Qt Creator IDE

Debugging with Qt Creator

This is a very short tutorial on how to setup Qt Creator on Windows as your debugging environment for Photivo. It is based on Qt Creator 2.3 and assumes you are familiar with compiling Photivo on Windows and have setup your toolchain as explained there.

For full debugging support you need to compile all involved dependencies with debug symbols. Consult the debug notes on the Windows Build page for further information.

You actually can run the debugger with some non-debug dependencies and most likely that will work fine as long as you only use those parts of Photivo that don’t rely on those dependencies. In my experience a segfault happens when Photivo with the debugger attached tries to access a non-debug dependency. Example: Debugging with a non-debug lensfun DLL will work as long as you do not actually use the lensfun tools. Effectively this means you must compile a debug version of at least Qt. Debug versions of the other libs might or might not be necessary.

  1. Start Qt Creator and go to Tools › Options.
  2. On the Qt4 page add a Qt installation: Add button, then Browse for the appropriate qmake.exe.
  3. On the Tool Chains page Add a MinGW toolchain and set the Compiler path to the appropriate g++.exe. Qt Creator will try to automatically set Debugger and ABI accordingly. Make sure the debugger is C:\tc\MinGW32\bin\gdb-python27.exe. (This Python enabled debugger crashes for me with the TDM 4.6.1 toolchain and Qt Creator 2.4.1. The non-python version gdb.exe seems to work with Qt Creator 2.5 beta, despire an error message about missing “Qt debugging helpers”.)
  4. Open photivoProject.pro. When the Project Setup dialog appears make sure Use Shadow Building is checked and you have an entry for release and debug version. Photivo’s Mercurial repository is configured to ignore paths starting with “build”, so it’s a good idea to choose names accordingly.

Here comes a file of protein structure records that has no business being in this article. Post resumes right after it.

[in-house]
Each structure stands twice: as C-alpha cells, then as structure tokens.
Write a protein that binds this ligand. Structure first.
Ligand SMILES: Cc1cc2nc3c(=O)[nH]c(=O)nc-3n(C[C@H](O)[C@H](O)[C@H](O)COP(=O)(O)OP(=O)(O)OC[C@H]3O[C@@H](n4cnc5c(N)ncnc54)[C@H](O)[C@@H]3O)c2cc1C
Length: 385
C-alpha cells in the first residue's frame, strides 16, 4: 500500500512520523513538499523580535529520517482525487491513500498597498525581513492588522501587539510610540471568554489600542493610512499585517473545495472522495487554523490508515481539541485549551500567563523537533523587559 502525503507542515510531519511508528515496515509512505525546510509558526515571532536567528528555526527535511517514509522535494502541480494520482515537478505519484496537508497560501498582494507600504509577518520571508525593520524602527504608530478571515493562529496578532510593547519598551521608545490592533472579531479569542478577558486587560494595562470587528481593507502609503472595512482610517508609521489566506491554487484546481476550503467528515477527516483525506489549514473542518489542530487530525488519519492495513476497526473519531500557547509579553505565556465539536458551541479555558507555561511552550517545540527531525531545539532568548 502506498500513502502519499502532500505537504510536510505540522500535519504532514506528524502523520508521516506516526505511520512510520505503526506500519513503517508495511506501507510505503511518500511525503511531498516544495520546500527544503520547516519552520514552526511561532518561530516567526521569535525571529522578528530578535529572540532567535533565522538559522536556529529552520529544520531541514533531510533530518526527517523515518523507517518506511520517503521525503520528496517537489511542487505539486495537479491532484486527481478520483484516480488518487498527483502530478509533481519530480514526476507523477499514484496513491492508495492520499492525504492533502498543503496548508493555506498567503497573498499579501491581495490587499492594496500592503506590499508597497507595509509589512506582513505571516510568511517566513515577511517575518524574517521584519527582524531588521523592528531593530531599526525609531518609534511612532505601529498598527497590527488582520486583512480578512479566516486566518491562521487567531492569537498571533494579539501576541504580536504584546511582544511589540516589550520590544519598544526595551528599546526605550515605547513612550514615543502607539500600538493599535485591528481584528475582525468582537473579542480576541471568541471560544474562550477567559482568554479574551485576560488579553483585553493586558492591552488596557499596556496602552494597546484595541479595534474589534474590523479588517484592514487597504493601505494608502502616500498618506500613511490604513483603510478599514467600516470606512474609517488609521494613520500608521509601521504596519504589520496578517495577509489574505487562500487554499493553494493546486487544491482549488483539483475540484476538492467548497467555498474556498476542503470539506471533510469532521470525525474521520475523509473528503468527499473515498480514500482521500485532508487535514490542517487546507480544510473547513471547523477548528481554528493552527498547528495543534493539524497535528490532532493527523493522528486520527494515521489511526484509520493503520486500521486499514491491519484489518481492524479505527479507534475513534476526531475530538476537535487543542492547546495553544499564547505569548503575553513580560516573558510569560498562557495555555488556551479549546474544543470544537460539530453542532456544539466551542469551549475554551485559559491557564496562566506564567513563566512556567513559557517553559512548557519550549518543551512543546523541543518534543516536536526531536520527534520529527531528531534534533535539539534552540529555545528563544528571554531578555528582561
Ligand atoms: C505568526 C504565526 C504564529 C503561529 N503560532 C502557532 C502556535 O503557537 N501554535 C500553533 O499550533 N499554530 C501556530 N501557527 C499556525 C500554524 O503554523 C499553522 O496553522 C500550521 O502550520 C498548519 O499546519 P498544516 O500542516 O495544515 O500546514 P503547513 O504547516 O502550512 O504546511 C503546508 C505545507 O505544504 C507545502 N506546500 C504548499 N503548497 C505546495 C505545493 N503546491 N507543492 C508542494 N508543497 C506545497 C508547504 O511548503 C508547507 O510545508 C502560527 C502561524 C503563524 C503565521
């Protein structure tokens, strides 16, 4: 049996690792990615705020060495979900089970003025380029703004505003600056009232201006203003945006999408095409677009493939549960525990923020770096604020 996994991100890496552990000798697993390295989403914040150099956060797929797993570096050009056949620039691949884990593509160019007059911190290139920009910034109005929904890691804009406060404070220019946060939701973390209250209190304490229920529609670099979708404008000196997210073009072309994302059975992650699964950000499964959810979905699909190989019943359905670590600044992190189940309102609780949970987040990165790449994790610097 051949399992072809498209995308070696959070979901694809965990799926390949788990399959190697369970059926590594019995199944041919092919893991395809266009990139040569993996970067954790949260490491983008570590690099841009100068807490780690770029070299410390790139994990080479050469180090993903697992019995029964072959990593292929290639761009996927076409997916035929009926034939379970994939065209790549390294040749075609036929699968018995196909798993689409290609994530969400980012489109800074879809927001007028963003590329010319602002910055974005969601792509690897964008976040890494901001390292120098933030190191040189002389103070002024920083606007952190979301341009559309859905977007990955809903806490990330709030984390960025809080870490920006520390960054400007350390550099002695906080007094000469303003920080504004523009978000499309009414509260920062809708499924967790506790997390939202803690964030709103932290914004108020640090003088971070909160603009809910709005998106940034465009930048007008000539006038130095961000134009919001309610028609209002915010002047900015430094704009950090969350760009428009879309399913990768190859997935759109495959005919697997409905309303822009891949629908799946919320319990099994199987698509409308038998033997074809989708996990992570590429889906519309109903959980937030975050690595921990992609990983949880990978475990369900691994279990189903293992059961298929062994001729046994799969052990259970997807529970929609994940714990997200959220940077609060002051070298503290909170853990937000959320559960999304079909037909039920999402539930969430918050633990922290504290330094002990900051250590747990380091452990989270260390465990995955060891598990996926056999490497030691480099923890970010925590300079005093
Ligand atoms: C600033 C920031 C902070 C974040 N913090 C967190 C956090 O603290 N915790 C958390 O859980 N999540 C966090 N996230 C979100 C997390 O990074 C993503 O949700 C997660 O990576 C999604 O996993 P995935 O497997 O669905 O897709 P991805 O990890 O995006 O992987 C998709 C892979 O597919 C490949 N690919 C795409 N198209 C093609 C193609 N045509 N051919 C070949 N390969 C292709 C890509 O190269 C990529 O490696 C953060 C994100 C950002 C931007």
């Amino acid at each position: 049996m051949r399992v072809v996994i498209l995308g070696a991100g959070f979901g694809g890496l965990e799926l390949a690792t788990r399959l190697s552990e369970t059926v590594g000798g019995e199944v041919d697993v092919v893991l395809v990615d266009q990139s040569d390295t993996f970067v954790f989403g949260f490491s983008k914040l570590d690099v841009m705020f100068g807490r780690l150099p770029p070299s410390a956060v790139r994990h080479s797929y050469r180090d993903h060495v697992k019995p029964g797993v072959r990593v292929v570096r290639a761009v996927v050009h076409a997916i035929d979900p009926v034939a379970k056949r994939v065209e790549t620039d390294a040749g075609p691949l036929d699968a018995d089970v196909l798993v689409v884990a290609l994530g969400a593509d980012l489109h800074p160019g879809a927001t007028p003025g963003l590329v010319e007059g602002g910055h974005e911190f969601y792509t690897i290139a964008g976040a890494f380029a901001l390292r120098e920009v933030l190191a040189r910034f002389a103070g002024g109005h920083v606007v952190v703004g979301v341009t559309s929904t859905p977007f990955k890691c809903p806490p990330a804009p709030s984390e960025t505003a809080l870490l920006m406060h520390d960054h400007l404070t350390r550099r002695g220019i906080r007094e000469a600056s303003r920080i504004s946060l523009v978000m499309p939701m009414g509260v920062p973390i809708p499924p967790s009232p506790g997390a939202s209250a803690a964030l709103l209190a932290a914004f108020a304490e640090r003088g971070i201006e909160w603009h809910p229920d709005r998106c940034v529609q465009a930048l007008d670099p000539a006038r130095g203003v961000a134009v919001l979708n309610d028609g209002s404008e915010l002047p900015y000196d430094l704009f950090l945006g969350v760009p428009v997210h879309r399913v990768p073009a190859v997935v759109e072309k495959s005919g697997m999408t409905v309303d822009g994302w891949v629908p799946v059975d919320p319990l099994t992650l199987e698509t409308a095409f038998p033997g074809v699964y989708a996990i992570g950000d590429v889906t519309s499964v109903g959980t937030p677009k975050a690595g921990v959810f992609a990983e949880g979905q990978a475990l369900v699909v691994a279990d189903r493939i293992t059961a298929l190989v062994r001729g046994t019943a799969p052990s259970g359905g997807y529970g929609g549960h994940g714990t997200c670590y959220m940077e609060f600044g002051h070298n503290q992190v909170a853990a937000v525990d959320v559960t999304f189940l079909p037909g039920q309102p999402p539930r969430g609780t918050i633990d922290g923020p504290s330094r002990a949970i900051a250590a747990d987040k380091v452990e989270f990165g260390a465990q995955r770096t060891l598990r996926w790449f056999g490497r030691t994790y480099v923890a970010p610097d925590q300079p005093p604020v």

5. In the left sidebar go to the Projects page and under Edit build configuration switch to the Debug config.
  6. Under Build Steps open the details for Make. If necessary change the make program to Msys’s make (i.e. C:\tc\MinGW32\msys\bin\make.exe) is known to work. I had problems with the one from MinGW (that Qt selects by default) and multicore compiling.
  7. Setup make for your CPU cores, i.e. in Make arguments enter -j2 for a dual-core CPU, -j4 for a quad-core CPU etc.
  8. Open the Build Environment details. You need to add a couple of paths here. Adding all of this to your system environment should work as well, but I never tested it that way.
    • Add all needed bin folders to the PATH variable. Those are:
      Some may already have been added automatically by Qt Creator. Make sure to use the backslash \ as the path delimiter.
    • Add LDFLAGS and set it to -LC:/tc/MinGW32/my/lib (forward slashes!)
    • Add CFLAGS and set it to -IC:/tc/MinGW32/my/include (forward slashes!)
    • Add CXXFLAGS and set it to -IC:/tc/MinGW32/my/include (forward slashes!)
    • Add PKG_CONFIG_PATH and set it to C:/tc/MinGW32/my/lib/pkgconfig (forward slashes!)

Assuming your MinGW toolchain is correct and you successfully built all dependencies debugging should work now.

Additional information for gcc 4.7 toolchain

  • Problem: QtCreator doesn't recognize the Qt installation (in my case Qt 4.8.2).
    Solution: Copy libwinpthread-1.dll into qt\bin folder.

Multithreaded make in Creator

When compiling via pure MinGW without Msys – as is the case in Qt Creator – make does not recognise the -j switch properly, i.e. compiling is single-threaded and slow. You can solve this in Creator’s Build Environment settings (see above). Define

MAKE_COMMAND=mingw32-make -j4

and you’re good. Instead of 4 use your number of processor cores.